Wikipedia | Remix by Max Fleishman

And to top it all off, Obama just sang ‘Amazing Grace’

What a wild week it's been.


Patrick Howell O'Neill


Published Jun 26, 2015   Updated May 28, 2021, 11:36 am CDT

A week after nine black churchgoers were murdered Charleston, South Carolina, President Barack Obama went to Charleston to eulogize Rev. and State Sen. Clementa Pinckney, the leader of the church where the massacre occurred.

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Obama sang “Amazing Grace” as part of the service, an act that had the entire packed church on its feet—and the Internet, too.

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“Clementa Pickney found that grace,” Obama said. He went on to name all nine victims of the shooting, though the focus of the service was decidedly Pickney.

“We are here today to remember a man of God who lived by faith,” Obama said. “A man who believed in things not seen. A man who believed there were better days ahead, off in the distance. A man of service who persevered knowing full well he would not receive all those things he was promised, because he believed his efforts would provide a better life for those who followed.”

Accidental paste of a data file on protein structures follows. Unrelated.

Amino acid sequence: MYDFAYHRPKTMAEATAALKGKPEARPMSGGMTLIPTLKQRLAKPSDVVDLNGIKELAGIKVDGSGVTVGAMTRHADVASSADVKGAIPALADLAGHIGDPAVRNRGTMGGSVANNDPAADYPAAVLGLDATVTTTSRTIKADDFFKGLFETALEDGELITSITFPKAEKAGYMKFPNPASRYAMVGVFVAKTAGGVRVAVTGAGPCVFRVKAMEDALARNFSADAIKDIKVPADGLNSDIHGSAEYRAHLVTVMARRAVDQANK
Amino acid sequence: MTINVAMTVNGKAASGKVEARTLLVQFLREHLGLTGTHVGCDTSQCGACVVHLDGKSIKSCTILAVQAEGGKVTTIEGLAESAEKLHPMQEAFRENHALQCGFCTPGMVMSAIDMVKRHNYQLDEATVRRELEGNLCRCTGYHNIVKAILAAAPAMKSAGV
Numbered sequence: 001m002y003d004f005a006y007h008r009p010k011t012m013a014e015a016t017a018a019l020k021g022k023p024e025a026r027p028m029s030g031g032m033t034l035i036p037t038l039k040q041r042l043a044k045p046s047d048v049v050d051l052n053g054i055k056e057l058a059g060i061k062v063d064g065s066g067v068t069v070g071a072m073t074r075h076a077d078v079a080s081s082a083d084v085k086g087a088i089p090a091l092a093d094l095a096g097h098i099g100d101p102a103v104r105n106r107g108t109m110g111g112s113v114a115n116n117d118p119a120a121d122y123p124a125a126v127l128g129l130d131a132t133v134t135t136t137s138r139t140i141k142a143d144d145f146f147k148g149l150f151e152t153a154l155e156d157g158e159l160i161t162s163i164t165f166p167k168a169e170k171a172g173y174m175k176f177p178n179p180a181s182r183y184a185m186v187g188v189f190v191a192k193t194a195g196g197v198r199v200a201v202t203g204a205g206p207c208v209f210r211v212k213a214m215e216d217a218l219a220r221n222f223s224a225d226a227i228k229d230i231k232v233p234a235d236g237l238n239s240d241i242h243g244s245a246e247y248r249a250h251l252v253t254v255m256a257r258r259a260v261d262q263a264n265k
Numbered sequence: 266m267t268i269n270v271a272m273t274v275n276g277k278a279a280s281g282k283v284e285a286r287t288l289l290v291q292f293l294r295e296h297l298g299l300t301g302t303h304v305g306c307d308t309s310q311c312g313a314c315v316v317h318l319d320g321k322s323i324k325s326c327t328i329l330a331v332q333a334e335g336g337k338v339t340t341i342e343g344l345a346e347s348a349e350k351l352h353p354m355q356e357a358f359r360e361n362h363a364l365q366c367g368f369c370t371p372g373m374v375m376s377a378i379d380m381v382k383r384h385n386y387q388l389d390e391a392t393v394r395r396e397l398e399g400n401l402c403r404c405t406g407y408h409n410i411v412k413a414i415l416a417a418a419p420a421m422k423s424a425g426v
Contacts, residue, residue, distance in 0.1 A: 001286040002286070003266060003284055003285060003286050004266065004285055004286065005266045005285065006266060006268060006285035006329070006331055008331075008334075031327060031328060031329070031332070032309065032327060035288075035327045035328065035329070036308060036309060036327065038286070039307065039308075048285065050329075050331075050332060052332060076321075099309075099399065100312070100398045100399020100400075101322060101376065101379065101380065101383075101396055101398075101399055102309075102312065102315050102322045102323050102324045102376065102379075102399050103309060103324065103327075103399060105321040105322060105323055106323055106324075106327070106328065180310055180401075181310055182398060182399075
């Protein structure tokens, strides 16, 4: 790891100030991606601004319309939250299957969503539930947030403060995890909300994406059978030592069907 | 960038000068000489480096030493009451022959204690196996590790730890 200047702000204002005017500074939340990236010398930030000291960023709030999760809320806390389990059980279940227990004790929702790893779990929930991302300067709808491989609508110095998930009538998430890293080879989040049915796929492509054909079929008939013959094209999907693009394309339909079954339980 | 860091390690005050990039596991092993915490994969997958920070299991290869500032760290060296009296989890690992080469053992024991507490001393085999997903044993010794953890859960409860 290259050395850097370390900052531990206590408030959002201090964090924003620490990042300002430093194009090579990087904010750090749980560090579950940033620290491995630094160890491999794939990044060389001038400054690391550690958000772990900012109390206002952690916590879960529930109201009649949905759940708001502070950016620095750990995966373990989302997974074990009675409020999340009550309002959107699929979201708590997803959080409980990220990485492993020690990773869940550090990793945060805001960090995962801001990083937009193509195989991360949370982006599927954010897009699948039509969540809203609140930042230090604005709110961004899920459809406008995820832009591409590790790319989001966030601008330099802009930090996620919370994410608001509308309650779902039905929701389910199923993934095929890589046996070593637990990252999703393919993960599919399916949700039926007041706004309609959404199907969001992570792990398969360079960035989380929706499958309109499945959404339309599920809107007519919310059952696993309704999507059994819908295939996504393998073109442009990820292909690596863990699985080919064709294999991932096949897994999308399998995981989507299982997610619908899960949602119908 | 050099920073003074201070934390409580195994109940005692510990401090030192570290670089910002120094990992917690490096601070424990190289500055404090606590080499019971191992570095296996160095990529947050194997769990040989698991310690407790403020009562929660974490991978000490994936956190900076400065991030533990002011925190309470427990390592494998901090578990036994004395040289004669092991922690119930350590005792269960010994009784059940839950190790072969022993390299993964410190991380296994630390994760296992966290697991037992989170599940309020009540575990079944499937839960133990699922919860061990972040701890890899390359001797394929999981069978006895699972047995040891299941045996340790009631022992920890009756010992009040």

On the right, pundit Ann Coulter took the opportunity to criticize the president and all Americans who, over the last week, have moved to take down the Confederate flag from government buildings.

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“Amazing Grace” was written by John Newton, a slave-ship captain who turned into a vocal abolitionist later in life.

Obama’s emotional eulogy caps off a week that saw profound changes in U.S., from governments removing the Confederate flag from state grounds to the historic Supreme Court marriage-equality ruling. When Obama began to sing, the Internet’s emotional dam burst wide open.

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Photo via White House/Wikimedia Commons (PD) | Remix by Max Fleishman

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*First Published: Jun 26, 2015, 5:28 pm CDT